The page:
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* = Presenting author

P547 Effectiveness of patient education in inflammatory bowel disease

A. Berding*1, 2, C. Witte1, B. Kaltz1, R. Weiland2, A. Reusch2, H. Faller2

1German Crohn’s and Colitis Association (DCCV e.V.), Berlin, Germany, 2University of Würzburg, Department of Medical Psychology, Medical Sociology and Rehabilitation Sciences, Würzburg, Germany

Background

Patients with inflammatory bowel disease (IBD) are affected by a wide range of somatic and psychosocial problems and patient education may contribute to their well-being. Nevertheless, a manualised education programme for IBD patients, which includes medical and psychological topics and improves psychosocial outcomes, is unavailable in Germany so far. Thus, we intended to design and evaluate such a programme as a 1.5-day weekend seminar for an outpatient setting.

Methods

In total, 181 IBD outpatients participated in a multicentre, prospective, randomised, wait list-controlled study with assessments before, as well as 2 weeks and 3 months after, the intervention. The intervention group (n = 86) was reassessed at 12 months. Disease-related worries and concerns (PS-CEDE), fear of progression (PA-F-KF), coping with anxiety (PA-F), health competencies (heiQ), health-related quality of life (SF-12), perceived disease activity (GIBDI), symptoms of depression and anxiety (PHQ-4), disease-related knowledge, coping, and the participants’ satisfaction with the programme were evaluated.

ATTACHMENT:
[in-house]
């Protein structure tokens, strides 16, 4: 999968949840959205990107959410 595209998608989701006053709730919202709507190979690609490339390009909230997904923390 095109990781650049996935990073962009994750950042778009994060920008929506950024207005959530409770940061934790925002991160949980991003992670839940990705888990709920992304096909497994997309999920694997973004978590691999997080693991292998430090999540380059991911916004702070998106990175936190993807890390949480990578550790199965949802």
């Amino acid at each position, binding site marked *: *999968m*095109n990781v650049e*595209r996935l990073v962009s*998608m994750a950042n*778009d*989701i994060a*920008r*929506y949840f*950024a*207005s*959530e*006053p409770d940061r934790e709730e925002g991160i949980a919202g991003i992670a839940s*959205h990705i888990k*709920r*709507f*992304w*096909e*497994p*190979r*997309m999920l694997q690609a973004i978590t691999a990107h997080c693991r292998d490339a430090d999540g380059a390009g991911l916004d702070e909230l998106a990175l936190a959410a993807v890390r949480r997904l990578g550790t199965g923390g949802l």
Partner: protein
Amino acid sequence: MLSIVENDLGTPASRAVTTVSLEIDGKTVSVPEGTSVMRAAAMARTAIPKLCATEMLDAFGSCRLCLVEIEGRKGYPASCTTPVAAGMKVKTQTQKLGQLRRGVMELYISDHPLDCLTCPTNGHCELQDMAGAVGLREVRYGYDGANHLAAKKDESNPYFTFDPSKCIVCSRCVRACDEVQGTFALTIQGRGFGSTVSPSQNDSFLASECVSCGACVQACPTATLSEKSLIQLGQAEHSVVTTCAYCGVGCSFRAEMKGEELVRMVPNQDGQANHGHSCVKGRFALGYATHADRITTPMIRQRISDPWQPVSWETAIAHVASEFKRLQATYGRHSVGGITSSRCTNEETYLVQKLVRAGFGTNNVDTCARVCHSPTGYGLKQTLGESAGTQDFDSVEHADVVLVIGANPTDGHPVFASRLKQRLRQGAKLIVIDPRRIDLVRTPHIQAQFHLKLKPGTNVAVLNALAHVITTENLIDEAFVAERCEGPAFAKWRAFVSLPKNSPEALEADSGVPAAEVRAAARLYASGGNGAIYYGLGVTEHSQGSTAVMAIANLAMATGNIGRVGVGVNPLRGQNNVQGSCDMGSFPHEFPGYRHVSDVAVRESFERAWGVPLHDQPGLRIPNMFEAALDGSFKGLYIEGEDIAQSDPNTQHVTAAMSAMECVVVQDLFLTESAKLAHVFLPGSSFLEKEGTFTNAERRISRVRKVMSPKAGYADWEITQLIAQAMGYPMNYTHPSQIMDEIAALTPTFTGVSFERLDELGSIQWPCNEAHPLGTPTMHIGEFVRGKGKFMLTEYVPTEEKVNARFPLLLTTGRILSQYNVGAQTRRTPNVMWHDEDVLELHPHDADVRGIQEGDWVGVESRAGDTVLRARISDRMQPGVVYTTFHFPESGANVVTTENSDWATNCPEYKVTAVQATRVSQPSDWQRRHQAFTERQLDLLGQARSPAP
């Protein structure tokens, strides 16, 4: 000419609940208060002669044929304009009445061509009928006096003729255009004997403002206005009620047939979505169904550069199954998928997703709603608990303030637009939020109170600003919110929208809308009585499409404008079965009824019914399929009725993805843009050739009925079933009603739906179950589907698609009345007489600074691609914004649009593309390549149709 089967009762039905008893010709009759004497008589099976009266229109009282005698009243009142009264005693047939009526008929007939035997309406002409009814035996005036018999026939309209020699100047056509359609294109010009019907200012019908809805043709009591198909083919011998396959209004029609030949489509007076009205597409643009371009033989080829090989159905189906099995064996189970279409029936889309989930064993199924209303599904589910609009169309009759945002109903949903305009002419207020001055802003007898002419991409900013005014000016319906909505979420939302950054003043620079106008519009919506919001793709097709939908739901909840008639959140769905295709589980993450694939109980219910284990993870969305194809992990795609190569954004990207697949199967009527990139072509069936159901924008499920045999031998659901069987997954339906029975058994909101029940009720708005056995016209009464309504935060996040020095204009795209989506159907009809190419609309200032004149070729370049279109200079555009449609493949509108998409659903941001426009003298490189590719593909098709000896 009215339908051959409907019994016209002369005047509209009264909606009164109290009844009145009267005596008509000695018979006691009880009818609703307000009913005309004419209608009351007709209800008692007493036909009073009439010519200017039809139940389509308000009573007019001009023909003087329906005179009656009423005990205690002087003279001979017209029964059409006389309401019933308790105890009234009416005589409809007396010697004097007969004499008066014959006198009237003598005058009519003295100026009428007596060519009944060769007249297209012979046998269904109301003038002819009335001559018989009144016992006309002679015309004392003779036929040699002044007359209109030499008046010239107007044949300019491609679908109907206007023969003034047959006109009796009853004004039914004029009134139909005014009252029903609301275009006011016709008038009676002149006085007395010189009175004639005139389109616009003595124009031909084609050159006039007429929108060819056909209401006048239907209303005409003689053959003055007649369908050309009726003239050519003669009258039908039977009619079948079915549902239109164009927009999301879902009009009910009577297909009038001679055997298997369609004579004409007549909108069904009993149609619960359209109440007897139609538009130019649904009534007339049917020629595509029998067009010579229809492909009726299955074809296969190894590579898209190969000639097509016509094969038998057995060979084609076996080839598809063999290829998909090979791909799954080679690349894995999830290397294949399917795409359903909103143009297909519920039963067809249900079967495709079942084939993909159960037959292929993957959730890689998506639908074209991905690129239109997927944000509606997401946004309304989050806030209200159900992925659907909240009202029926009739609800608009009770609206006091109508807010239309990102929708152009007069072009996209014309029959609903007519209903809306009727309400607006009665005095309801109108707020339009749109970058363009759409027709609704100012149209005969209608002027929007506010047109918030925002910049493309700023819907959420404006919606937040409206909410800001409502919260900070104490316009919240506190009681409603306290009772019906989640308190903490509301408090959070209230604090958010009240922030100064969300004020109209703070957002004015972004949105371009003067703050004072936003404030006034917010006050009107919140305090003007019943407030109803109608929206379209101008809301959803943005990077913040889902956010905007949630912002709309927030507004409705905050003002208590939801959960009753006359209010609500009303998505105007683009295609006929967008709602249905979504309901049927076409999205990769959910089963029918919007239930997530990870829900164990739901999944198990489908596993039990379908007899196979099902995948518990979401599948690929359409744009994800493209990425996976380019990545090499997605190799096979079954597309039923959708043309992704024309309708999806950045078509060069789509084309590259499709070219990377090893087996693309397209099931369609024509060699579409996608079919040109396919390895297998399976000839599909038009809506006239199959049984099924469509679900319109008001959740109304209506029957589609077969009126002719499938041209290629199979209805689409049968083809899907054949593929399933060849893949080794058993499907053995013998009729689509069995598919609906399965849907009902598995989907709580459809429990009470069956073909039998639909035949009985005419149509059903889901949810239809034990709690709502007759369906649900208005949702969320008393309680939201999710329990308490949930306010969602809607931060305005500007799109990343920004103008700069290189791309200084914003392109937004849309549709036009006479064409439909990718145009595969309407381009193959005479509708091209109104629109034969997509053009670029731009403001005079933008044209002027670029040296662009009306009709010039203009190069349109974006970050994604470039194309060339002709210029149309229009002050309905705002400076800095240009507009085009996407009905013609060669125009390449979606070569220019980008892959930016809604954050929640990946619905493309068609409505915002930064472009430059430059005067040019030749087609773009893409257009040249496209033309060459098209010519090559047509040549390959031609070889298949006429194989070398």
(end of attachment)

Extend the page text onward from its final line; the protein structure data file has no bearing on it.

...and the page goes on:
Results

Further, 2 weeks and 3 months after the course, there were significant medium-to-large effects on disease-related worries and concerns, fear of progression and coping with anxiety, constructive attitudes and approaches, as well as skill and technique acquisition (p = 0.001 or less). Moreover, we found large significant effects on knowledge and coping with IBD (p < 0.001) and medium effects on coping with disease-related negative emotions (2 weeks post-intervention, p = 0.001; at 3 months, p = 0.008). The number of coping strategies used was significantly higher at the 3-month follow-up (p = 0.011). All effects were stable at the 12-month follow-up. Perceived disease activity, health-related quality of life, positive and active engagement in life, as well as symptoms of anxiety and depression, were unaffected. The seminar was rated very favourably by the attendees.

Conclusion

The patient education programme contributes to short-, medium- and long-term improvements in psychological distress, self-management skills, and coping with IBD. Our self-help organisation will therefore continue offering it.